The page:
Monday, May 11, 2009
The older I get, the more I like to prepare in advance for a day like Mother’s Day. That said, I was one of those last minute guys picking up the Hallmark Card over there at the corner Drug Store on Saturday afternoon.
I wasn’t alone. There were several other guys like me there at the card rack. As I walked through the automatic doors with one of them, I knew we just might be heading to the same place. Sure enough, there we were, two strangers searching for the same card category in the expanded “Mother’s Day” section.
“I guess we both know why we’re here,” I offered.
“Yep.” And he pointed to the tabbed file card. “TO WIFE.”
“Looks like the selection’s getting slim,” he said. By Saturday afternoon, they are pretty well picked over. “Yeah,” I agreed. Us guys are not regulars at the Hallmark counter. An occasional birthday, maybe. Anniversary. And Mother’s Day. Three times a year. We’re there. Whoops, almost forgot. Valentine’s Day. Make that four.
Generally, I prefer to do this one on my own. I’m not real eager for strangers to look over my shoulder and read these rather personal sentiments I plan to pass along to Carolyn on these occasions. Maybe there are guys who want help. For me, there’s a privacy issue. But there we were. Guys tentatively reading the text on Hallmark cards.
I looked down the row, and at the end was a guy I won’t soon forget. I’ll never see him again, but he made an indelible mark. I’d call him six-foot-four, maybe two-sixty to two-eighty. Maybe more. Big tattoo on his upper arm. Baseball cap. Earring. He held up one of those glossy sacks with a pair of white string handles, a combination lime green and sky blue and brimming out of the top were multicolored tissues. A bright red bow tied neatly to the handle. He was working on a gift package, adjusting the paper just so, and it clearly was not intended for a teammate on the football squad or a buddy out there on the job site. He tinkered with it in a world of his own there on the drug store aisle by the gift packaging section. Guys do goofy stuff when they are in love. Tomorrow is Mother’s Day.
So we all lined up to pay our bill. Holding our cards. A few held colorful bouquets. All of us seemed a little uncomfortable; except for that big guy with the gift bag and the tattoo. You could tell the checker was amused by the scene. It’s one of the seasonal perks for an otherwise dull occupation.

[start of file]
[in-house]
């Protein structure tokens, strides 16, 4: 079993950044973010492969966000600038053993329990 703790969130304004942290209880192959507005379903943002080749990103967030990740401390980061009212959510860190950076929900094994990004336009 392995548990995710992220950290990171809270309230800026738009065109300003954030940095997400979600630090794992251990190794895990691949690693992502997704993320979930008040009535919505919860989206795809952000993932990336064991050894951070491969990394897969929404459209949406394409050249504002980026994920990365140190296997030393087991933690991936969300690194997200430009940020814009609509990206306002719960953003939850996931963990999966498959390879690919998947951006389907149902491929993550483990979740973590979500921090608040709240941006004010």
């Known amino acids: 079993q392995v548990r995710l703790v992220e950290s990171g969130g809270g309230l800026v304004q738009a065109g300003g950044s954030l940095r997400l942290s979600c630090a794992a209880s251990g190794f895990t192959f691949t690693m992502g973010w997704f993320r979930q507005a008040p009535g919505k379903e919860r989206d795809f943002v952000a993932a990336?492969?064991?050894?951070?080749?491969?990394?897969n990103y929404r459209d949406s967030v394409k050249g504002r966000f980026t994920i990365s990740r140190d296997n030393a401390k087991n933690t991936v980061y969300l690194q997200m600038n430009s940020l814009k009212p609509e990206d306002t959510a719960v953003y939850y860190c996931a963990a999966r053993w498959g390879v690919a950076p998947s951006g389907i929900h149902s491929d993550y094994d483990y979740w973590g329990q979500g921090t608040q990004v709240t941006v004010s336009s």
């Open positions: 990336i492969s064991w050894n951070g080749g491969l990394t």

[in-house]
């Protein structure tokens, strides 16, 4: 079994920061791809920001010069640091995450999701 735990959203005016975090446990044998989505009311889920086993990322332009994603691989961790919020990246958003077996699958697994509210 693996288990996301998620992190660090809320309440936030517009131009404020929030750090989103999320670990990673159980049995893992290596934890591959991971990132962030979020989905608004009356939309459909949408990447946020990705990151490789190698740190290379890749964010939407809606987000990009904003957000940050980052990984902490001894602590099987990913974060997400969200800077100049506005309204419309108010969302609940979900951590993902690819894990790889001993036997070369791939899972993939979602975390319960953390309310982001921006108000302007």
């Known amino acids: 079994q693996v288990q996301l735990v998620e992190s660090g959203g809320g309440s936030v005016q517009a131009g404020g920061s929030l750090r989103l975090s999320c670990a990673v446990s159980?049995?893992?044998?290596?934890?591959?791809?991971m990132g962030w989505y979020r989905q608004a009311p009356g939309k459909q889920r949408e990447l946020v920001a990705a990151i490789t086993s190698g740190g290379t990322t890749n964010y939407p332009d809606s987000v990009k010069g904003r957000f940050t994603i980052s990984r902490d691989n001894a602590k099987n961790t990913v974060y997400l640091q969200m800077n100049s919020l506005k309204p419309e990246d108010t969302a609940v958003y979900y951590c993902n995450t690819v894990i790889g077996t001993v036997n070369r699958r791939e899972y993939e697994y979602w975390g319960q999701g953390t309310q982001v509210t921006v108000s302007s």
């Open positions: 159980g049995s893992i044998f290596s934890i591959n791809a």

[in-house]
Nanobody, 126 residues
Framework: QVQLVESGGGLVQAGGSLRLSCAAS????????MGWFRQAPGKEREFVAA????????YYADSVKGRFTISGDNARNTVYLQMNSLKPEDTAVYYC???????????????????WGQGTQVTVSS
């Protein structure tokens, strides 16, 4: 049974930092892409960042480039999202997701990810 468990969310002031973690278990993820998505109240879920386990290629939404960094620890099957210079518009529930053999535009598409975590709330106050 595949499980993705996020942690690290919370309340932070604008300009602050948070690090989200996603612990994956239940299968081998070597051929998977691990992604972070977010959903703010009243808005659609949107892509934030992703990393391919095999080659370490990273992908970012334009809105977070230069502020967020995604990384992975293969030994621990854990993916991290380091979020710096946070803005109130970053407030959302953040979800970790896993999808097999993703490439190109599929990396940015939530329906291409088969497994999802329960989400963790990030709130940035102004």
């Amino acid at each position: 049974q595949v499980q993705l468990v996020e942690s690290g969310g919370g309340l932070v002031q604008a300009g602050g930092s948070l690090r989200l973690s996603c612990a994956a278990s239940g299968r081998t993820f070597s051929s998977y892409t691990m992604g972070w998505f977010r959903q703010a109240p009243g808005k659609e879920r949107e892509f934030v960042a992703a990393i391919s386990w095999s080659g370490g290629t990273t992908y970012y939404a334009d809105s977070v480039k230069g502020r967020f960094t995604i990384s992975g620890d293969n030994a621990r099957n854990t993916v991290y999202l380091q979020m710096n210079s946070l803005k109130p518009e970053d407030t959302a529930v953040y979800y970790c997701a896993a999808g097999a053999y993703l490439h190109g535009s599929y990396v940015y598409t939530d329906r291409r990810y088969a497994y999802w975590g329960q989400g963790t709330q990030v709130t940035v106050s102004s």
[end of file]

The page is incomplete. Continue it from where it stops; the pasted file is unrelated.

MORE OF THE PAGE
After a minute or two it was just me and the big guy. He punched in his debit card code, grabbed his receipt, thanked the checker and turned toward the door marked OUT. I handed the woman behind the counter my card and some cash, but I was thinking about how good it is that we have Mother’s Day and while most of us fall short of meeting up to expectations most of the time, at least we’re there standing in line somewhere with something chosen off the shelf that will communicate our love and pride and appreciation to the one waiting for us back home. The big guy must have known I was thinking about him, because he turned back toward me, caught my attention, pointed to his gift bag and surprised me with an explanation.
He said, “Day at the spa.” And from under his cap, he broke into a big, broad smile.
“Wow.” I smiled back. “That’s cool.”
“She’s never been to one,” he added; grinning like he’d just won the championship game.
“Way to go,” I responded with a fist pump.
He nodded back, acknowledging the universal sign of victory still smiling, and then he turned back and walked out the door. Maybe I was just imagining it, but I noticed a little bounce in his step.
The checker didn’t make eye contact, but she smiled knowingly as she worked the register.
So my imagination went to work again. Maybe I missed it entirely – but this is what I thought: I pictured the woman who said yes to this giant of a man. I imagined the little brood of kids she produced and cares for and the pride this young father feels every time he thinks about the rascals who call him Daddy. He recognizes the thankless hours she puts in every day and he’s bringing it home: a gift pack with a gift card tucked inside the tissue. For you, sweetheart: a day at the spa.
He didn’t strike me as a guy who was out to buy affection; to offset some sort of misbehavior. Not this guy. He was clearly rewarding a job well done and a future he embraces. Largely, because of her. Mother’s Day is a good thing. That’s the way I saw it.
So he inspired me. I thought about Carolyn. And Kristyn. And Candy. And Sonya. And my Mom. All of them.
Moms who deserve a day of joy and thanks.
I wonder – who was that big guy?
Copyright Kenneth E Kemp 2009